We spent last weekend in Tampa. Previously, I’ve posted about our visit to MOSI and to Tarpon Springs. For everyone’s convenience, I have broken down some other parts our brief vacation into a handful of topics. For no reason at all, let us start with …
We had no car (see Planes), so for a couple of mornings, we had to wait for Vince or Rachel to return before heading out for brunch. It was almost sinful to sit around for two mornings straight with little to do but drink coffee and read. We could’ve turned on the television, but it felt so much better to just sink into a book for awhile.
I made it through two books over the course of our vacation. Both books were recommended by the Best Teen-brarian in Roswell. The first was The Book Thief by Markus Zuzak, an unexpectedly uplifting tragedy about the little crimes that a young girl commits in order to cope with a disintegrating world at war. The less said about this imaginative book, the better. The imagery is rich and the story rewarding, so why spoil it? The second was Peeps, a vampire tale by Scott Westerberg. You would imagine that all of the vampire stories have been written, and you’d be right, but there is something fun and engaging about the speed and attitude of Westerberg’s take on this too-often tilled soil. And the fun persists, right up to the point where the reins are pulled back for a “cue end credits – wait for the sequel” finale.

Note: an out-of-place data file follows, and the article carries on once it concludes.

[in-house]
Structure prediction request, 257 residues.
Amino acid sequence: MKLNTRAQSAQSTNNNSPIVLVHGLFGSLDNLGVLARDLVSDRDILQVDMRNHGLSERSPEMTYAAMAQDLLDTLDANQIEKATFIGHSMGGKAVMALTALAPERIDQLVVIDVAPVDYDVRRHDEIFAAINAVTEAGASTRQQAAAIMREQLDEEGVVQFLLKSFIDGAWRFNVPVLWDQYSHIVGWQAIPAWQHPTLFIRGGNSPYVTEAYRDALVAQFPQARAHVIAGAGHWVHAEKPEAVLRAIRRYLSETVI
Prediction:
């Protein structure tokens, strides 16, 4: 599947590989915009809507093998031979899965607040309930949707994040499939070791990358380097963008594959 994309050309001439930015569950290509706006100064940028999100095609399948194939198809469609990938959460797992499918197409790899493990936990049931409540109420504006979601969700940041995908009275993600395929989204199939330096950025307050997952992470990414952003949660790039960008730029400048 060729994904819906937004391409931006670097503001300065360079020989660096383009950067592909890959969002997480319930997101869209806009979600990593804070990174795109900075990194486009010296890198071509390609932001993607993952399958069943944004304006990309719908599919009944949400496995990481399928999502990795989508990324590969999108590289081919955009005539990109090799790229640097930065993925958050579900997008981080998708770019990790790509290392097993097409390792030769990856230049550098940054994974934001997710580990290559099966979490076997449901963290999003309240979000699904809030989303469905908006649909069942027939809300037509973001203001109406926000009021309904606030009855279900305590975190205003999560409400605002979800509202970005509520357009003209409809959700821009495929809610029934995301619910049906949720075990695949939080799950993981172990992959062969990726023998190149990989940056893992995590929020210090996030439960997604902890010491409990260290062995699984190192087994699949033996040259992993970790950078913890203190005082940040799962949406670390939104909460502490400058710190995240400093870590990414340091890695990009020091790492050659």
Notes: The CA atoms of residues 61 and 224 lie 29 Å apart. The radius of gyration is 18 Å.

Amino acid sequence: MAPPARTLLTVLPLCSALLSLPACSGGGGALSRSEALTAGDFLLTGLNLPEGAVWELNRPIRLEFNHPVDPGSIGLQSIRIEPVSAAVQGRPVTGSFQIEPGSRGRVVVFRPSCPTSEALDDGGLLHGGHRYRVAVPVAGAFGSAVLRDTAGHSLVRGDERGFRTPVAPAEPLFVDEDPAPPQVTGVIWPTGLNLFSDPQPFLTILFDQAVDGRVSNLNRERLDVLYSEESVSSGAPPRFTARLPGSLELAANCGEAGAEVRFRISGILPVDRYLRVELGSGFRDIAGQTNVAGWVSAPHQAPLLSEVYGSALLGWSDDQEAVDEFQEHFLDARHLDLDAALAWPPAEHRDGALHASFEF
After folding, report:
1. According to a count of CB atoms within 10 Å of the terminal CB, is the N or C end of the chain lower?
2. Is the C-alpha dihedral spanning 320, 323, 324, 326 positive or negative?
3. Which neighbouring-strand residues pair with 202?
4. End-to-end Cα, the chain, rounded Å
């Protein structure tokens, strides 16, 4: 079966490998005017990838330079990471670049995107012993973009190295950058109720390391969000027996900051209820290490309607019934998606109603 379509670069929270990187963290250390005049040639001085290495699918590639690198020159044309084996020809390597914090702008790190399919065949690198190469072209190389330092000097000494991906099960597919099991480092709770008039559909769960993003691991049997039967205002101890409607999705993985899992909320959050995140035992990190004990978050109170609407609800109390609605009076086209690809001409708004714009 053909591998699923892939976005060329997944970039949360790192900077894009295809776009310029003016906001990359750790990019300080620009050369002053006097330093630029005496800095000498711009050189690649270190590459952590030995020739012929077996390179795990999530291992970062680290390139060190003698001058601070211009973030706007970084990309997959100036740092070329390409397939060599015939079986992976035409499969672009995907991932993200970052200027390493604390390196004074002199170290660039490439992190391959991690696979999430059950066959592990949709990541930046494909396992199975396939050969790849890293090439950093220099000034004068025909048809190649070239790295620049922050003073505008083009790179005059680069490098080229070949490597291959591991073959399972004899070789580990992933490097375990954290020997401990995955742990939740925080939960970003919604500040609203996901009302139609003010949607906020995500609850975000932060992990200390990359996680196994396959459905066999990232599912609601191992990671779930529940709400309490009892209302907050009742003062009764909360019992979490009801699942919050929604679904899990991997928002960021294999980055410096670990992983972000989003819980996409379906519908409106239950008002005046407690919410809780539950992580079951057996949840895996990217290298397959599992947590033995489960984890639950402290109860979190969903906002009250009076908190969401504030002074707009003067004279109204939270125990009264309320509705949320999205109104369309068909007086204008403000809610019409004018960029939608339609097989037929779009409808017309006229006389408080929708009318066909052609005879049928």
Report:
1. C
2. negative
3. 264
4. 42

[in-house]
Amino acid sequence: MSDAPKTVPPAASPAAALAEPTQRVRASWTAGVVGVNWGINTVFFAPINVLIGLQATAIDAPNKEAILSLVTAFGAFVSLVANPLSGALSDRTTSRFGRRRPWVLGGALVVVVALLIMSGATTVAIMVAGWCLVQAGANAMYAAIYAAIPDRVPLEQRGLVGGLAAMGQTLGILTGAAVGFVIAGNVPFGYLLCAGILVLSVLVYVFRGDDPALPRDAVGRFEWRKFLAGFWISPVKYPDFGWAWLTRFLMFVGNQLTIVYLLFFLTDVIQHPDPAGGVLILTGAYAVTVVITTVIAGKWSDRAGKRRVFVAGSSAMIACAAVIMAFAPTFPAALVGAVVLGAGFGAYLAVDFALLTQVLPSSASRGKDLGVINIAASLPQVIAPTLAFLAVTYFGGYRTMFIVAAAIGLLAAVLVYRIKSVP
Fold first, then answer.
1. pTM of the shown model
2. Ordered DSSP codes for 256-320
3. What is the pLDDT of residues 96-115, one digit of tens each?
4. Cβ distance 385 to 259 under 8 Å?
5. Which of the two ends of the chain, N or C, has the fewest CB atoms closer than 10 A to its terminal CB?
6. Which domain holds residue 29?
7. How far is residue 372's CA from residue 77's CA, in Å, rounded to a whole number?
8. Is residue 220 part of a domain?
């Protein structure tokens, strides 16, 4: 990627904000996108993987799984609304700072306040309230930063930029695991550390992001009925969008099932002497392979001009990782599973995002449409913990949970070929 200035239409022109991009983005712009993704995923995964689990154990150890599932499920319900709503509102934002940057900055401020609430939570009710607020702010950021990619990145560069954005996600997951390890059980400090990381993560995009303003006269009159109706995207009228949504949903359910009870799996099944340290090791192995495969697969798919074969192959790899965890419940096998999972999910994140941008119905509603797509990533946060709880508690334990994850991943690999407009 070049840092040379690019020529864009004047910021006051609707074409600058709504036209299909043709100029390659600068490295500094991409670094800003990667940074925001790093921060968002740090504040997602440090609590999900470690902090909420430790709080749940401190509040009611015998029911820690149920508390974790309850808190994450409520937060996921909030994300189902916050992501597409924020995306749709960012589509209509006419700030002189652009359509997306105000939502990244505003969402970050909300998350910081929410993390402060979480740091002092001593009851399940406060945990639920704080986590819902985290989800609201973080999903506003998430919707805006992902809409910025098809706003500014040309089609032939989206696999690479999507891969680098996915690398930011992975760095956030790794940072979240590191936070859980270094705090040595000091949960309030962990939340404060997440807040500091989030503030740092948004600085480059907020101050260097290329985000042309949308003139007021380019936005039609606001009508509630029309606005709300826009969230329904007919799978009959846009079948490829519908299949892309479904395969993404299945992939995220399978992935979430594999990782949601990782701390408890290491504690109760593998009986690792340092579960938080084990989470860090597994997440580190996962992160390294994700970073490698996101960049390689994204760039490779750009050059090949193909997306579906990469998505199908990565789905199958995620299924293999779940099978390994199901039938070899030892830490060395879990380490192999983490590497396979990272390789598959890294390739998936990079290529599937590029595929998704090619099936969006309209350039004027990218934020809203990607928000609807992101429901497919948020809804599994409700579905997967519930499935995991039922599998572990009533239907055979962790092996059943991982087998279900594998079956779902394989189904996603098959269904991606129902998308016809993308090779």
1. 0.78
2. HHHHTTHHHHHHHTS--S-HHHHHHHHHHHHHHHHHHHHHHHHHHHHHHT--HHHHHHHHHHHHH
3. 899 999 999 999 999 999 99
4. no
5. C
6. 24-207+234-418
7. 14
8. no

It seems ridiculous to consider, but it was cheaper to hop on a plane than it would’ve been to drive. Neither of us have cars that are built for endurance, what with two decades between them. If we go on a longer vacation, someplace a few hours or more away, we rent a car with unlimited mileage and look at the whole weekend as an extended test drive of whatever we’re issued. But the price of gasoline is just too high. So we left the driving to Delta.
The flight down was fair, even with the hour-long wait on the tarmac between gate and takeoff. It might’ve gone down as the most matter-of-fact flight ever, if it hadn’t been for the ten minutes of WTF that arrived when my left ear refused to pop just outside of Tampa. My hearing went from everyday stereo to mono. And it hurt. Not fun.
The trip back was uneventful and was over before we knew it, apart from the half-hour or so of taxi-ing it took to find an available receiving gate. The more interesting part of the journey home was to come later …
Like a good pair of suburbanites, we hitched our airport-bound fortunes to almighty MARTA. And MARTA delivered us dutifully from its northern-most reaches to Hartsfield-Jackson with plenty of time to spare. But the return trip days later was another tale altogether. It was a bit before nine PM when we plucked our baggage from Delta Claim #7 and strode out and through the turnstiles for MARTA Due North.
Perhaps it should’ve been an omen, that unlit train on the eastern side of the platform. An appointed shouter told us that any train on the east side was going to be out-of-service, so we all needed to get on the other train. Doraville-bound? North Springs? Didn’t matter which of the two possible north-end stations we wanted, because this one train was the only way. So we got on-board and crammed into a seat, suitcases and all.